What did I really vote for? On the usability of verifiable e-voting schemes

Karola Marky, Oksana Kulyk, Karen Renaud, Melanie Volkamer

Research output: Chapter in Book/Report/Conference proceedingConference contribution

12 Citations (Scopus)
599 Downloads (Pure)


E-voting has been embraced by a number of countries, delivering benefits in terms of efficiency and accessibility. End-to-end verifiable e-voting schemes facilitate verification of the integrity of individual votes during the election process. In particular, methods for cast-as-intended verification enable voters to confirm that their cast votes have not been manipulated by the voting client. A well-known technique for effecting cast-as-intended verification is the Benaloh Challenge. The usability of this challenge is crucial because voters have to be actively engaged in the verification process. In this paper, we report on a usability evaluation of three different approaches of the Benaloh Challenge in the remote e-voting context. We performed a comparative user study with 95 participants. We conclude with a recommendation for which approaches should be provided to afford verification in real-world elections and suggest usability improvements.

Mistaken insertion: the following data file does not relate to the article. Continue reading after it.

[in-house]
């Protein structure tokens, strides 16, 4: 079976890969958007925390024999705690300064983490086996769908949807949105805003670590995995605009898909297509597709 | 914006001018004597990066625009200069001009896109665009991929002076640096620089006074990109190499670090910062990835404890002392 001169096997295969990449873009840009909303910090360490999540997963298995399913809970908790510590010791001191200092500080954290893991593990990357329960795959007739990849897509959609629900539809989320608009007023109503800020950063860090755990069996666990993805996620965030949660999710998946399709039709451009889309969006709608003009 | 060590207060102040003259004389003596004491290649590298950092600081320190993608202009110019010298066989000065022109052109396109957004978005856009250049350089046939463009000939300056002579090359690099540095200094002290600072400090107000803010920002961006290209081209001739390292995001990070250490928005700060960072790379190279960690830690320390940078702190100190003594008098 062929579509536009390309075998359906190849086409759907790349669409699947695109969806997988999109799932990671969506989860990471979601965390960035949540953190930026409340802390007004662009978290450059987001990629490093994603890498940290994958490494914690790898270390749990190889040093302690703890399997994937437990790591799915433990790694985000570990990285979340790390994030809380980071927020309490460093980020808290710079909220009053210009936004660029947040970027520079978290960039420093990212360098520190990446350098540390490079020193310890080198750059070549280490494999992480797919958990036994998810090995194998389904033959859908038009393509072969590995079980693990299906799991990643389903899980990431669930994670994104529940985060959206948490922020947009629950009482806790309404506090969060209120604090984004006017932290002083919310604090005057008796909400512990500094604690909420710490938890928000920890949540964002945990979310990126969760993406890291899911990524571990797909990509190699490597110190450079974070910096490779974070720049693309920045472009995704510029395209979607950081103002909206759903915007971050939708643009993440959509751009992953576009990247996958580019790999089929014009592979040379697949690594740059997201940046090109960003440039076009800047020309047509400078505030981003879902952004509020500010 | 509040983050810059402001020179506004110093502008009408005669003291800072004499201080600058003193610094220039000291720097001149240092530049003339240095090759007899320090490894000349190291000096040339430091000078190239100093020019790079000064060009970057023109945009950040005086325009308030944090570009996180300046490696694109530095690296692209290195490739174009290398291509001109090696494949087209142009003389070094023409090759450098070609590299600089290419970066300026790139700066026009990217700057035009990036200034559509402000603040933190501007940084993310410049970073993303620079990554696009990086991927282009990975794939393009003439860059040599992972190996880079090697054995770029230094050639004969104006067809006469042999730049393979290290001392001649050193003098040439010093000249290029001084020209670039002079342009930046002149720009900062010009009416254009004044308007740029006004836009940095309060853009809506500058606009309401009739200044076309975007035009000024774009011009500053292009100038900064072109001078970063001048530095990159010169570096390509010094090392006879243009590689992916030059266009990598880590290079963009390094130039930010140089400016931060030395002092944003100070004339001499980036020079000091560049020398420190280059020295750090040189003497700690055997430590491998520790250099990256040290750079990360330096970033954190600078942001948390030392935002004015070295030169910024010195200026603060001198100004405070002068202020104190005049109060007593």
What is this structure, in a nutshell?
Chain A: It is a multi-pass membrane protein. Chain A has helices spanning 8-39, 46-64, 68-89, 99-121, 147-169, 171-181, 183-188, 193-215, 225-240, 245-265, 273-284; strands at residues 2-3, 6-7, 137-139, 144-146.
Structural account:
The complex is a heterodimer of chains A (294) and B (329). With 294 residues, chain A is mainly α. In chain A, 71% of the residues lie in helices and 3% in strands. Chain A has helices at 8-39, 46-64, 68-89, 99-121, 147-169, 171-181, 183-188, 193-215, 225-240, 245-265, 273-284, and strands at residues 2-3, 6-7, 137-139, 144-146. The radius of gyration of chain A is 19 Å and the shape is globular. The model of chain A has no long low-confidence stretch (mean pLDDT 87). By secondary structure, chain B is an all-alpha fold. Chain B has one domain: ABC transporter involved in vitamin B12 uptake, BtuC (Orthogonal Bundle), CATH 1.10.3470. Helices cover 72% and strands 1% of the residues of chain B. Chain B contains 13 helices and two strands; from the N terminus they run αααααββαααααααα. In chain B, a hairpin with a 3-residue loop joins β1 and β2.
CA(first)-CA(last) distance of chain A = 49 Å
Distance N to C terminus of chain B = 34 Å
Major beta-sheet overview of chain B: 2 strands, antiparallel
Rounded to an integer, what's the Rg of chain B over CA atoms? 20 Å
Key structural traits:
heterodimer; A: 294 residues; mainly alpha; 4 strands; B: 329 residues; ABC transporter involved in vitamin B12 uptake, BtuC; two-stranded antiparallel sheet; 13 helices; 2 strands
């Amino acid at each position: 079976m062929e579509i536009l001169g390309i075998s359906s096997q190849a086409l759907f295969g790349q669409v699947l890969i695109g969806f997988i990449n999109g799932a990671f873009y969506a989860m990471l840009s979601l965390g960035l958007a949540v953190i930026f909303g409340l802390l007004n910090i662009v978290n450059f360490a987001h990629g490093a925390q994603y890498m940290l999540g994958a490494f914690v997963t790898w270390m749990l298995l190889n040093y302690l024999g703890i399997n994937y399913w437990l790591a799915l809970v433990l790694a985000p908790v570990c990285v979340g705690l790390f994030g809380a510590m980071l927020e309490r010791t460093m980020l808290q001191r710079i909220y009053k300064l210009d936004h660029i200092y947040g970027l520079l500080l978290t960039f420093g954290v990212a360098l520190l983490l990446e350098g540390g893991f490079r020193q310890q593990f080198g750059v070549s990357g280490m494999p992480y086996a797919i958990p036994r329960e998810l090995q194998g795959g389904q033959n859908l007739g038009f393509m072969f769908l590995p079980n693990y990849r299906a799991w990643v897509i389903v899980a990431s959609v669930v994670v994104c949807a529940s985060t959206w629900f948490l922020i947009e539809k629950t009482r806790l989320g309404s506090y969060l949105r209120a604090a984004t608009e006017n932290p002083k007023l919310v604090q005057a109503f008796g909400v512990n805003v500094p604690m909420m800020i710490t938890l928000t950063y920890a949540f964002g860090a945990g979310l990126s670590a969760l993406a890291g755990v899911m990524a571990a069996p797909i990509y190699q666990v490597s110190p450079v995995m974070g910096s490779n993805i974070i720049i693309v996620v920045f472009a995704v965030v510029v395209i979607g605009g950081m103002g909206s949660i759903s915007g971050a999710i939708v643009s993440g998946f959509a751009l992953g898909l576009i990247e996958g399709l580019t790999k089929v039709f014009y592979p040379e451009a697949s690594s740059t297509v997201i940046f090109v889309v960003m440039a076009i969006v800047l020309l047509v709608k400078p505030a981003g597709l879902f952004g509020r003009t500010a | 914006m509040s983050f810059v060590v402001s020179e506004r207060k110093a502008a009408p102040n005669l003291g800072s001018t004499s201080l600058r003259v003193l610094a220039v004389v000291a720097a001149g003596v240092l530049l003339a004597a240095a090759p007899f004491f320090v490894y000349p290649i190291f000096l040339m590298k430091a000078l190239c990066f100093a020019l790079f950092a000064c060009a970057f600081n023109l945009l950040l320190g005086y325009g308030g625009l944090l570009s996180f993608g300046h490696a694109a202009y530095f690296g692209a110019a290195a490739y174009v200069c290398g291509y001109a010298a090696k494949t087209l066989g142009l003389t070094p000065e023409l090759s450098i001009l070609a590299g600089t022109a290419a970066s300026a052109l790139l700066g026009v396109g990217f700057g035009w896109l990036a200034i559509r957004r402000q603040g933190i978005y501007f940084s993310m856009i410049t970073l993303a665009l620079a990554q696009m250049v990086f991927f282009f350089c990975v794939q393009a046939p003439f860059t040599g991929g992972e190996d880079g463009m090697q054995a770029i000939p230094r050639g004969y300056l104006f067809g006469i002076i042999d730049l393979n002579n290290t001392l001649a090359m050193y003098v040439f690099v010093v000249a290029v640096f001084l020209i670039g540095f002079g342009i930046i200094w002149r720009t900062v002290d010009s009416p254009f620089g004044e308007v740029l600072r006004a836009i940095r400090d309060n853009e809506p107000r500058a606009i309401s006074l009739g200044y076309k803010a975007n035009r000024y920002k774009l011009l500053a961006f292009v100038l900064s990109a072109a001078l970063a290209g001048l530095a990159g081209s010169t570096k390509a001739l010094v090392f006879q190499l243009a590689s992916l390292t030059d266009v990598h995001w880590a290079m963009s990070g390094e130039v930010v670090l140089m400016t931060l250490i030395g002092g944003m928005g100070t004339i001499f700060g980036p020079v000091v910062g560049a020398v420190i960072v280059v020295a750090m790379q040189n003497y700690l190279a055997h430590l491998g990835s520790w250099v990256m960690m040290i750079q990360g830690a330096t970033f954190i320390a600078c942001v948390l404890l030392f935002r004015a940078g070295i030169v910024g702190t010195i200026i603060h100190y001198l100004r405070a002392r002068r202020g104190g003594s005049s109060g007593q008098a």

Original languageEnglish
Title of host publicationProceedings of the 2018 CHI Conference on Human Factors in Computing Systems
Place of PublicationNew York
PublisherAssociation for Computing Machinery (ACM)
Number of pages13
ISBN (Print)9781450356206
Publication statusPublished - 21 Apr 2018
EventCHI Conference on Human Factors in Computing Systems: Engage with CHI - Palais des Congrès de Montréal, Montreal, Canada
Duration: 21 Apr 201826 Apr 2018


ConferenceCHI Conference on Human Factors in Computing Systems
Abbreviated titleCHI 2018
Internet address


  • E-voting
  • End-to-end verifiability
  • Cast-as-intended
  • Verifiability
  • Usability evaluation
  • Benaloh challenge


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